There have been plenty of articles questioning the validity and quality of traffic from Bing and Yahoo’s syndicated search partners, and maybe even a few about Google’s Search Network. Well, I’m here to tell you that with all the bad also comes some good. If you manage Bing search partners properly, you can generate good returns. Whether you have a goal CPA/CPL or aiming for profitable ROI/ROAS, Bing and Yahoo’s search partners can be a hidden treasure. Here’s an example of how we did it for one client.
A SEER client had seen very low quality leads from search partners back in 2011 so we decided to focus our attention on Bing and Yahoo search, eliminating search partners all together. This helped improve our ROI. After a successful 2012, we began expanding our efforts and put together a proposal to revisit search partners in 2013, but in a more strategic manner.
We created campaigns that target Bing and Yahoo search and another duplicate set of campaigns that target their search partners only. (Something I wish I could do on AdWords *cough cough*). My colleague, Harris Neifield, actually listed that as his #1 tip in a post from 2011 about managing search partners. This allows you to monitor and optimize performance independently as it can vary greatly between the two. If you’re running Bing campaigns and want to target search partners, this is an absolute must.
More leads. Low CPA. Great ROI. I will place a disclaimer here that we did see a sizeable chunk of low quality form leads, but as I mentioned earlier, with all the bad comes good. Considering that the Average CPC and CPA were much lower on the search partners network, we bought ourselves some room to compensate for the lead quality.
For this client, we re-introduced search partners back in May 2013. As of January 2014, we’ve spent $3,300 and acquired 1,570 leads. Those leads eventually generated $10,500 in profit. Not revenue, profit. In other words, we had a 318% ROI, which is above our goal of 250% and the return of the comparable campaigns that target Bing & Yahoo search. And this only accounted for leads that converted online. More profit could have come through the phone where we’re currently unable to track revenue back to our PPC campaigns, although totals from that lead type in these campaigns is very low.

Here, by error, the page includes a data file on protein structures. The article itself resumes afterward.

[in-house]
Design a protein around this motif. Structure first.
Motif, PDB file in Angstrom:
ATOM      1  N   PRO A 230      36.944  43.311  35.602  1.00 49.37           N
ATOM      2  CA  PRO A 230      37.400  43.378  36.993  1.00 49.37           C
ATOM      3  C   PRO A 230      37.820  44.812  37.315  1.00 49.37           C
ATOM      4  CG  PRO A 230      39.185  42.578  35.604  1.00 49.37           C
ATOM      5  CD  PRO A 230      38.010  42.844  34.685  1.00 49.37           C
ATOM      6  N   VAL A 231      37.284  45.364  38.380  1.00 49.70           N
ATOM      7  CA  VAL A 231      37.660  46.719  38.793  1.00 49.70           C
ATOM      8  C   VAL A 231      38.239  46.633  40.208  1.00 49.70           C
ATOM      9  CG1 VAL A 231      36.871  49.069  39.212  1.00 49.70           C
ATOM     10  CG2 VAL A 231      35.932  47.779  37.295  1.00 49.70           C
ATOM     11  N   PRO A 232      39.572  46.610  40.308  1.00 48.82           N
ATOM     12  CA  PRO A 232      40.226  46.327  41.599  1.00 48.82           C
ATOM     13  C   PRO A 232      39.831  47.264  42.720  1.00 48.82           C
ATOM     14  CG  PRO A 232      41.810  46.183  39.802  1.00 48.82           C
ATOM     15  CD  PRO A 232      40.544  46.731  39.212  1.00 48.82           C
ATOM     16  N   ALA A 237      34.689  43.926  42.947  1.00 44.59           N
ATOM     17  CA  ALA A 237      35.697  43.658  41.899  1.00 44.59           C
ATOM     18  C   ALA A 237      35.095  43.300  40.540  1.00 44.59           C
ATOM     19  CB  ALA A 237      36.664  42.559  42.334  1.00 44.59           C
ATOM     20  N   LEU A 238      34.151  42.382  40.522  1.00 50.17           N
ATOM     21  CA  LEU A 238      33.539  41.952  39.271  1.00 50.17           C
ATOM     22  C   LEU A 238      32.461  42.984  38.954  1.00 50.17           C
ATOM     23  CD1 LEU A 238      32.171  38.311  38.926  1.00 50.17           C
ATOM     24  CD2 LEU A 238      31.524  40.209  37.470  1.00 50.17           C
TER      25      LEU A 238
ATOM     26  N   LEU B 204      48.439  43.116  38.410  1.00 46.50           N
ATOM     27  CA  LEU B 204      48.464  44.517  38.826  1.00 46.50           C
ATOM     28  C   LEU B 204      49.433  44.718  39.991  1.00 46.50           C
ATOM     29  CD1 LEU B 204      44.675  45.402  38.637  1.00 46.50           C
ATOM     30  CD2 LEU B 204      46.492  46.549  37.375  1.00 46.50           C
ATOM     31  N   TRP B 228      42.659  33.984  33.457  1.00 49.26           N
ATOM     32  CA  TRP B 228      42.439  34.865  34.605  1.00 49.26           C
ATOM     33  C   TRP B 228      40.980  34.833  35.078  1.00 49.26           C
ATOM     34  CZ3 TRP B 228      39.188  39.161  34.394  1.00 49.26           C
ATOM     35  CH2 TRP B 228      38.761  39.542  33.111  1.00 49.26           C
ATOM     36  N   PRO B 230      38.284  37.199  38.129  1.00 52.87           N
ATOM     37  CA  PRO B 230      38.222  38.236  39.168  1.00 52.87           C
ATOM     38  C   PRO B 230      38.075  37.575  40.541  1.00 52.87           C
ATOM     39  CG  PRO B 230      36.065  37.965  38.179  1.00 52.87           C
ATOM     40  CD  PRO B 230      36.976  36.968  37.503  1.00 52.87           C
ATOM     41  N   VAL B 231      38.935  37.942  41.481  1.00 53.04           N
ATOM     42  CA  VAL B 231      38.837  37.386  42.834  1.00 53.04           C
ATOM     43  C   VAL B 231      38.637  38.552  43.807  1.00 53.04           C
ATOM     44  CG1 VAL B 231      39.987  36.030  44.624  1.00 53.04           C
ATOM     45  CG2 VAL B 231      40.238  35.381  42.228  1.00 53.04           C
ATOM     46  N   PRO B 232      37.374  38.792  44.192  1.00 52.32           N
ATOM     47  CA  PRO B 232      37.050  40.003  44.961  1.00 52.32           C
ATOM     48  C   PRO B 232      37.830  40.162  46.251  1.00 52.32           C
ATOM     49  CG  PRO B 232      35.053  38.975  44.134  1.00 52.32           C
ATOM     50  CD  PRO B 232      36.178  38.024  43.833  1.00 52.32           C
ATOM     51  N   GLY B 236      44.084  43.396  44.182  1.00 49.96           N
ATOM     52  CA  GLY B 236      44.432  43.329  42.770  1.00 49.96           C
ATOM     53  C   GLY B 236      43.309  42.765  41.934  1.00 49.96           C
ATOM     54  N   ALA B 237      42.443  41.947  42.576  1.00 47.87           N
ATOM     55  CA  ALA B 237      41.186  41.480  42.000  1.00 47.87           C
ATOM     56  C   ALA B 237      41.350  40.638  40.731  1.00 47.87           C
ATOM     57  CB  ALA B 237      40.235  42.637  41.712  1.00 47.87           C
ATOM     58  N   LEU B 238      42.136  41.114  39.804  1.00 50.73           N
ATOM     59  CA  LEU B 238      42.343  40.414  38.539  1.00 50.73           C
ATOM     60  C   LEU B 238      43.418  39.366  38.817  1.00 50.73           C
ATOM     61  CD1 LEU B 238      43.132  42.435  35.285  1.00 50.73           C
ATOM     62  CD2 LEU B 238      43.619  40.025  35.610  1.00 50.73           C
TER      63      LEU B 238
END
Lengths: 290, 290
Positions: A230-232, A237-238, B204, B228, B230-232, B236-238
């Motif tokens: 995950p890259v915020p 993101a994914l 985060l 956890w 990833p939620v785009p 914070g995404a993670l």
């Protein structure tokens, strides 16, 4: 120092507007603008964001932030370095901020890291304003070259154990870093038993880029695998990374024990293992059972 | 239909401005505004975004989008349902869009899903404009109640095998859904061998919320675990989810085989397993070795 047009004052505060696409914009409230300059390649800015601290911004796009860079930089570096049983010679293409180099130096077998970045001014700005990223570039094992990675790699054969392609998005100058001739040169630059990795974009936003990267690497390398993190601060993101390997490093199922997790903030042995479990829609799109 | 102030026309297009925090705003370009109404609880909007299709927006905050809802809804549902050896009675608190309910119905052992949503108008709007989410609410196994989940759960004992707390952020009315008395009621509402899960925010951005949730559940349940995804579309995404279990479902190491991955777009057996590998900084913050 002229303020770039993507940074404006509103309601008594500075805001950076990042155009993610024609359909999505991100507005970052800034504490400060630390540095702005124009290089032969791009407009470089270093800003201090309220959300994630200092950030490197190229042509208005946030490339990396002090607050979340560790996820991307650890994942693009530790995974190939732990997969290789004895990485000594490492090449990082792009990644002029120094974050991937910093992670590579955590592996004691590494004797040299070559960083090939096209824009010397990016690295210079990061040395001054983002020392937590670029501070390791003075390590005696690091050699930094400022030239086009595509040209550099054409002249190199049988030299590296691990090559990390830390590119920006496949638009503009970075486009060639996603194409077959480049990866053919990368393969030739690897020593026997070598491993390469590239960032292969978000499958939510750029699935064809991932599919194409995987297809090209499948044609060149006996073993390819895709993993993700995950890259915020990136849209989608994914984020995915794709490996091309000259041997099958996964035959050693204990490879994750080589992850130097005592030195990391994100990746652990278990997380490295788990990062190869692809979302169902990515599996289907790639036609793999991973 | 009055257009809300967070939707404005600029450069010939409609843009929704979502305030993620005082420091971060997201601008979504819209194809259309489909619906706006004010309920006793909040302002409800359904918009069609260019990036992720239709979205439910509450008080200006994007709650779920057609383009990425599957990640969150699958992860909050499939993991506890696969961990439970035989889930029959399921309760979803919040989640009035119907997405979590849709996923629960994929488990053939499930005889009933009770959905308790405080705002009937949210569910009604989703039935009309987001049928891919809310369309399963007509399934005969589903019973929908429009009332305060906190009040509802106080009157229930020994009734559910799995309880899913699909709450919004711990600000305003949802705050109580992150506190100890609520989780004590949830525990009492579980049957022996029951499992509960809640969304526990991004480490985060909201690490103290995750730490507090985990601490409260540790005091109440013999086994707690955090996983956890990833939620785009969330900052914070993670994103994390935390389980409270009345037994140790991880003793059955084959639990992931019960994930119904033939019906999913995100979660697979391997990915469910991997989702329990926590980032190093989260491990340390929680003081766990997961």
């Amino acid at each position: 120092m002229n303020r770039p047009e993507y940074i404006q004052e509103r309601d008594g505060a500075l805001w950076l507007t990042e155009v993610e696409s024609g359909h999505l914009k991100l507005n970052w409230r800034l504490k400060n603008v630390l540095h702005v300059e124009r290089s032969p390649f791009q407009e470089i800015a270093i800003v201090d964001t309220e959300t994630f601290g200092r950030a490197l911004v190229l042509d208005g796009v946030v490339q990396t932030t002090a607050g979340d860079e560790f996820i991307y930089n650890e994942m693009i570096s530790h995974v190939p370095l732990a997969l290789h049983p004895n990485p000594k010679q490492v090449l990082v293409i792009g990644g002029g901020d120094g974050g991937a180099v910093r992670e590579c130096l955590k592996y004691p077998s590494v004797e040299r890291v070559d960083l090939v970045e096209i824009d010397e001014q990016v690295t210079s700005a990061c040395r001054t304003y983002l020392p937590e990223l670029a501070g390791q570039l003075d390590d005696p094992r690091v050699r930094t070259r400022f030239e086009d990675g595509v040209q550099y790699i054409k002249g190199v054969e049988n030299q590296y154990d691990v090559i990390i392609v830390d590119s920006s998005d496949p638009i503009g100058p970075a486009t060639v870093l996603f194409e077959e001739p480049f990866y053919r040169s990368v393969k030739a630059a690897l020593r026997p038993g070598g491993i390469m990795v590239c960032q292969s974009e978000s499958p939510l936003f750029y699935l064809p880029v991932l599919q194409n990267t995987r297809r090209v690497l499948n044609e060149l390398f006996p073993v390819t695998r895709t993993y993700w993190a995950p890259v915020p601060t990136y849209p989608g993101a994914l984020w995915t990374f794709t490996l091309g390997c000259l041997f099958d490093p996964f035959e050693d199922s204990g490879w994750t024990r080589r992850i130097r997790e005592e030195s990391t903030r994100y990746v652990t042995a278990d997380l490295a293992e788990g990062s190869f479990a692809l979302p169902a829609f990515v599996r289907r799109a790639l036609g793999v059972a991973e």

While there were plenty of junk leads that the client may have had to weed through to find the good ones, I think it’s worth the investment in the end. So before you go excluding search partners next time due to the high volume of low-quality leads, take a moment to see if the legitimate leads outweigh the low quality ones.
It was very interesting that we did not see a large amount of phone leads leading me to believe that it was fraudulent activity at first. We’ve seen that happen in the past where a specific conversion increases by a large percentage while others remain consistent. This likely indicates a bot was programmed to complete a form to make it appear as if a publisher is sending great traffic. Who would question the quality if users are converting?
Another interesting trend we noticed was a high percentage of our form leads came from an email address associated with a service called Fake Mail Generator. Examples of these are rhyta.com, einrot.com, and superrito.com.
Since Bing allows advertisers to see performance data by search partner, I plan to evaluate each and determine if we can generate even higher returns. I’d also like to find a way to bake that data into my client’s internal reporting to see the full picture.
Another way to monitor quality of traffic from these campaigns is to check your bounce rate in Google Analytics. A high bounce rate usually indicates that traffic from a campaign is low quality. But again, be sure to focus on the overall return before you begin making any final decisions to cut completely.
How about yourself? Have you been successful on Bing’s search partners?